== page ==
First readings

Books that are both decodable and interesting for beginners.

In each book, there are:  

  • short sentences, simple words, and familiar vocabulary (close to oral) ;
    a complete and funny story ;
  • 16 pages of easy-to-read text and vivid pictures;
  • depending on the level, a list of tag words and/or new sounds and spellings and/or a lexicon of more difficult vocabulary;
  • a list of all the words used and their English translation.

The Easy to Read first reading books
from Facile à lire allow children to : 

  • experience reading successes;
  • Make reading easier for youngsters with challenges;
  • find a book at their level;
  • read texts that respect their learning;
  • to progress with graduated stories.

Les différents niveaux de difficulté

Expressly designed for readers who are new to the world of reading or who do not yet read independently. An adult accompanies them as they learn the sounds of letters and syllables. Simple text promotes gradual and independent learning.
To go further:
Play detective with the child. Make groups of four toys: three that start with the same sound and one that starts with a different sound (for example: a lion, a lunchbox, a lollipop and a truck). They must identify the odd one out in the group. You can even use a detective’s magnifying glass to make it more fun!
Level 1
Specifically written for beginner readers or for those who face reading challenges. This series introduces and reviews simple sounds. The texts contain a lot of repetition to facilitate comprehension.


It includes:
Basic vowels:
Sounds that lengthen :
Short consonants :
To go further:
Have fun “speaking like a robot” with the child. Say the syllables of randomly chosen words, separating them in an exaggerated way. You can even accompany this with arm movements!
Also, the sounds are all around you. Ask the child to name objects, animals or people whose names contain the sound being worked on in the book you are reading. For an added challenge, try to find words that contain the same sound twice, or that contain two different sounds!
Level 2
Intended for readers who are developing their reading skills or who have reading challenges. They will discover and review compound sounds.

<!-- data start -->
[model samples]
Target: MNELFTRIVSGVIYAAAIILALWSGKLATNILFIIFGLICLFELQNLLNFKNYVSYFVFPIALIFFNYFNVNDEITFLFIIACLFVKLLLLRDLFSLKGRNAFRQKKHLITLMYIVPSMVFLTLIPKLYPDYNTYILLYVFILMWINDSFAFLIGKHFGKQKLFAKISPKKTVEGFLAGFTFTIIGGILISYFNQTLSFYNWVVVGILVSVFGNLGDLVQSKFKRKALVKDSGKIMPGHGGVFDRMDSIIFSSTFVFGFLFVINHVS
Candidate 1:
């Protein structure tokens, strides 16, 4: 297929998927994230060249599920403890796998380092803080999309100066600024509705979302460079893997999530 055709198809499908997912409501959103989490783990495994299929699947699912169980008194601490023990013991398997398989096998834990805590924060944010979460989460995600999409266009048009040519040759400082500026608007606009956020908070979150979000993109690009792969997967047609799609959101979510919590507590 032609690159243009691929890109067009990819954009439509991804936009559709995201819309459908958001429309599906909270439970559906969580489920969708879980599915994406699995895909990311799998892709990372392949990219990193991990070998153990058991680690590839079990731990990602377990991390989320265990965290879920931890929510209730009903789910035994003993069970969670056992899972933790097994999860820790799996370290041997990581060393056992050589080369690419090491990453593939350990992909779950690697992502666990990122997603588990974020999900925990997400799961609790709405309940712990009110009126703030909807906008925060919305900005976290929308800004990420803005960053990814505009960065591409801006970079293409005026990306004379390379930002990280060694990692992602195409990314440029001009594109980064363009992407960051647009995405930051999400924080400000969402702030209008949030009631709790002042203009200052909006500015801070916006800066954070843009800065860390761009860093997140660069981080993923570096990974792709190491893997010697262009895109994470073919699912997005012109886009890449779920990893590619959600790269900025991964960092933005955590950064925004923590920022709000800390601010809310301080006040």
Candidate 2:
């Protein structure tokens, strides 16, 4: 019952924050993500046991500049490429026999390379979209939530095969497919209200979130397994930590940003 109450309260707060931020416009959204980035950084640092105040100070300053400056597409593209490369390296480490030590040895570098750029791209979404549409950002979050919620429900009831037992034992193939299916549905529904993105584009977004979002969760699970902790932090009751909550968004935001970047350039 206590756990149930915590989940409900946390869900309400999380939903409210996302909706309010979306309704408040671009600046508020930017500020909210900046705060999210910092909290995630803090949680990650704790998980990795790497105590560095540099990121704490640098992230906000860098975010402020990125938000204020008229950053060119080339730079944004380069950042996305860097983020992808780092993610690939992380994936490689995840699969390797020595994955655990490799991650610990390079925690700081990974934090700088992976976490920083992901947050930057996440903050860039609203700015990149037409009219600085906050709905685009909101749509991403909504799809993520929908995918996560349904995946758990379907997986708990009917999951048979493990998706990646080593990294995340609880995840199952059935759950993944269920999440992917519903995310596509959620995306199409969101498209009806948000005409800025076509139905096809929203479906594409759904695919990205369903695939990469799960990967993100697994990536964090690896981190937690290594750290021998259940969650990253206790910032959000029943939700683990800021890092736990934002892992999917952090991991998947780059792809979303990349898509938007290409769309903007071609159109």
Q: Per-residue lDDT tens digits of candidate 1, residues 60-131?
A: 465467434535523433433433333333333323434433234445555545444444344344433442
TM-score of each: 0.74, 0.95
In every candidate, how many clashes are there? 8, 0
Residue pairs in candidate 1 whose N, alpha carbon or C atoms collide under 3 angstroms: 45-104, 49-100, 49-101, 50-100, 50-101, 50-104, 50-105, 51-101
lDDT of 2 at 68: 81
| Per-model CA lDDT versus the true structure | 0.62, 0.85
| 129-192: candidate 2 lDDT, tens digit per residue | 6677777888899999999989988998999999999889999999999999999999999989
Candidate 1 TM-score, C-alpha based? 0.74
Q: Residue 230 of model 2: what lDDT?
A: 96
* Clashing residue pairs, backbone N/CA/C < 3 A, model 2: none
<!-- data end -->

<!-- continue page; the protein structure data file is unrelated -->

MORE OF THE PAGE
It includes :
Compound sounds :
ch / au-eau / ou / eu
oi-ui / ai-è-ei-ê

é-er-ez / on /
an-en-ean / in-ain-ein
To go further:
Read aloud to the child, even if he or she is now able to read on his own. Your reading will likely be at a more advanced level than what he or she is able to read on their own. This will expand their vocabulary, develop their imagination and build their ability to concentrate.
Also, leave books lying around your home. Leave books, novels, comics, magazines… Scatter them in the kitchen, in the bathroom, in the bedroom, in the car… This will arouse the child’s interest and develop his or her pleasure in reading at all times. You can even read two or three pages of these books, stop in the middle of a storyline and let curiosity consume them until they read them on their own!
Level 3
Meant for readers who are developing their reading skills or who have reading challenges. They will gradually discover and review complex sounds.


It includes :
Complex sounds :
qu / gu / gn 
m devant b, p / p before h
ssion-tion-sson / s that does z 
ien / ill / e + 2 consonants
To go further :
Play “the fortune teller” with the child. Look at the cover and try to predict what will happen in the story. You can even use a globe (or light bulb) to act as a crystal ball! Review these predictions at the end of the reading to compare them with what actually happened.
Level 4
Best suited for readers who are consolidating their reading skills or who face reading challenges. They will discover and revise more complex and less common spelling patterns.


It includes :
Less common spellings :
oeu-oe / pn / rh
sc / pt / th / yn-ym
words with apostrophe
words with umlaut
words with cedilla
To go further :
Create a lexicon or word wall with the child, with the words they discover. You can make this lexicon interesting by adding pictures or drawings of the child. Challenge your child to add one word a day to the lexicon. It’s a fun way to expand their vocabulary!